Dallas Cowboys: Bruce Irvin

Seahawks' pick different than DeMarcus Ware

September, 14, 2012
9/14/12
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IRVING, Texas – Seattle raised many eyebrows when it took Bruce Irvin with the 15th overall pick in the first round. After all, Irvin had started only six games at West Virginia.

But the NFL is about quarterback play and getting after the quarterback.

The Seahawks look at Irvin, who had 22.5 sacks in 26 games at West Virginia, as a difference-maker as a pass rusher, but perhaps not in the DeMarcus Ware mold.

“We likened him to some different guys -- the real, real speed guys,” coach Pete Carroll said. “He’s a 4.4 (40-yard dash) guy. He’s like a defensive back in a 250-pound body. So really, of all the guys you look at, he’s the speed rusher. Ware can do everything. He’s power. He’s everything. Bruce is a ways from that right now. He’s working at it, but he’s going to be an effective football player. Great motor and the speed alone will make him a factor. I’m hoping in the next five, six games into the season, he’ll find his stride and be a big factor for us.”

The Other Side: Danny O'Neil, Seattle Times

September, 13, 2012
9/13/12
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IRVING, Texas -- Danny O’Neil covers the Seahawks for the Seattle Times and he brings you this week’s version of The Other Side.

Archer: How did Russell Wilson win the job in camp? People expected some rookie starters at QB this year, but I don't know if too many had him as one of the guys.

O’Neil: When the Seahawks drafted Russell Wilson in the third round, many assumed he would spend the year developing on the back-burner as the No. 3 quarterback. The Seahawks had signed Matt Flynn and still had Tarvaris Jackson, and they figured to be the two dueling for playing time. Well, it figured that way to everyone but coach Pete Carroll.

No sooner had the rookie minicamp finished than Carroll announced Wilson would be part of the competition, and from that moment forward, Wilson simply put together the best body of work. He had a bad day in practice during training camp, but that was one day. Singular. He was picked off three times, and showed an ability to correct it. He has a bigger arm than Flynn, more mobility and he was clearly more explosive in the exhibition games.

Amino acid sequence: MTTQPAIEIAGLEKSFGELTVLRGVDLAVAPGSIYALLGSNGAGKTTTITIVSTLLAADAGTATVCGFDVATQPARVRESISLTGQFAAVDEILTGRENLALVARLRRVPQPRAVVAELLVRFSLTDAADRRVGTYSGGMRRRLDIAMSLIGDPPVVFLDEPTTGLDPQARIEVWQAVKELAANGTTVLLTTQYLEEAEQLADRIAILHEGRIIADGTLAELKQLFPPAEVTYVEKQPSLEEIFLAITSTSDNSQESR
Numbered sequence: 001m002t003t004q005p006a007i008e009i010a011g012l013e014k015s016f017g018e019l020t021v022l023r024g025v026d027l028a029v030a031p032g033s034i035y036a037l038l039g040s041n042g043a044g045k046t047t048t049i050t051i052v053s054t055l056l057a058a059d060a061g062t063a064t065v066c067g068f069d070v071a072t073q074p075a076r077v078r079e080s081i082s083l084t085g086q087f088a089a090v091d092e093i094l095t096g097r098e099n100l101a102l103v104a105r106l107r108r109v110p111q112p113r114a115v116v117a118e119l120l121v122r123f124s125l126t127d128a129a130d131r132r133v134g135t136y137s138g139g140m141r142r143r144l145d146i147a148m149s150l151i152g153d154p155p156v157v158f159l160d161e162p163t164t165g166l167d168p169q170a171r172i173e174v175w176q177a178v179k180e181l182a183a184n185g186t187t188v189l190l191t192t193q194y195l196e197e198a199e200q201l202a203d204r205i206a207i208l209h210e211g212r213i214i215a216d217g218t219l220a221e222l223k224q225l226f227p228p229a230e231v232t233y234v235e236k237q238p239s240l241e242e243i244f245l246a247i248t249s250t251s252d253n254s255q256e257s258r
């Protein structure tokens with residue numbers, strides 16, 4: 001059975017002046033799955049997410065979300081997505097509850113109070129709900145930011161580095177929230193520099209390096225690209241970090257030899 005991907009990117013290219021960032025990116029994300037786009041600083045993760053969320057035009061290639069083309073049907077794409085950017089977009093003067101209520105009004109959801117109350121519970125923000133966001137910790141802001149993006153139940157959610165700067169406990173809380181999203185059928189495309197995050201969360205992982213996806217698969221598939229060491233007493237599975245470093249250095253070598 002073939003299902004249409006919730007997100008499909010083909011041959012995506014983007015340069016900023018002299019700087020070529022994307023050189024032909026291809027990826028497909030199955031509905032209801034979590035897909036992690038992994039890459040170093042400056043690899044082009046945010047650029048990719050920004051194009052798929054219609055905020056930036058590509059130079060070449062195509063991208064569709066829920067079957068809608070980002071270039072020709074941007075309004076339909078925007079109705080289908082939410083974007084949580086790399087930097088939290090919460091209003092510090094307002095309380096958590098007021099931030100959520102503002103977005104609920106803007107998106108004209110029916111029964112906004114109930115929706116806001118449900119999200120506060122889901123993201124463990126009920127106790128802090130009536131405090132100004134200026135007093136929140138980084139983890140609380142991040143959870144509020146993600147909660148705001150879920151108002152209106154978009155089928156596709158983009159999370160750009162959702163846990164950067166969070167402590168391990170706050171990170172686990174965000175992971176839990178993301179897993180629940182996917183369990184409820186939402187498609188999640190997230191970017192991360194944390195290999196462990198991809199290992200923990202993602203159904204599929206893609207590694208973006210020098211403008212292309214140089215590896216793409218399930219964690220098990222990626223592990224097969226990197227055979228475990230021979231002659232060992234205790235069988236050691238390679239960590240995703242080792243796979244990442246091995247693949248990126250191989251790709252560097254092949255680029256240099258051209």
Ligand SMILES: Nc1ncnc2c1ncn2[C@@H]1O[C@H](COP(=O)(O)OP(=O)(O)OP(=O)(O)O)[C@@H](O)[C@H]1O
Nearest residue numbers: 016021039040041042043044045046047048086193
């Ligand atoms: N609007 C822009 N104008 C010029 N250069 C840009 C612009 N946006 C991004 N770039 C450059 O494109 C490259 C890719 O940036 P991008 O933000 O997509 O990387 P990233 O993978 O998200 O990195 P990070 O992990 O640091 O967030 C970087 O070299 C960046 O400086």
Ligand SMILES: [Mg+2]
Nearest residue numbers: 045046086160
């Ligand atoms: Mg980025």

Wilson wasn't given this job, he won it.

TA: Is there any buyer's remorse on Matt Flynn if he's not the starter?

DO: What, doesn't every team want to pay its backup $8 million while starting a rookie? But seriously, there's not necessarily remorse. Seattle wanted to come out of this with a starting quarterback capable of taking the team to the playoffs. If it's Flynn, great. That was money well spent. If it's Wilson, that's fine, too.

Consider the Cardinals: They paid more in a contract for Kevin Kolb (five years, $63 million) than Seattle paid to Matt Flynn (three years, $26 million). Not only that, but the Cardinals gave up a second-round pick and Dominique Rodgers-Cromartie to get the privilege of playing that money while Seattle chose Wilson with a third-round choice. Seattle certainly appears to have acquired more talent at quarterback for a lesser investment.

TA: The Seahawks finished the year 5-3 after losing to the Cowboys last year and all of the losses were by less than a touchdown. Obviously, they started with a close loss to Arizona in Week 1. How does Pete Carroll get this team over the hump in close games?

DO: Let Wilson mature. This team is built to play to the strengths of a big, physically imposing defense and a punishing ground game. Wilson is the guy they're depending on to be able to pull a game out in the fourth quarter. He came closer in Week 1 than Tarvaris Jackson ever did last year so that time may be coming.

TA: People really like the Seattle secondary, but where does the pass rush come from? How is Bruce Irvin's progress going?

DO: Bruce Irvin has not been the immediate-impact pass rusher the Seahawks predicted when they chose him. Chris Clemons remains this team's best pass rusher. Irvin will get a chance to see if Seattle's home crowd can help give him an advantage in rushing off the edge.

TA: I can't go without asking a Terrell Owens question even if he's not on the roster. How did he look and why didn't the Seahawks keep him?

DO: He was in great shape, still had the speed to get deep, but had two significant drops. He was acquired to provide a veteran alternative in case Sidney Rice wasn't ready when the season began. Rice was ready, and Owens wasn't so impressive the team was willing to carry him as a fourth or fifth wide receiver given the fact he doesn't play special teams.

If Rice were to get hurt again, the Seahawks wouldn't hesitate to bring Owens back.

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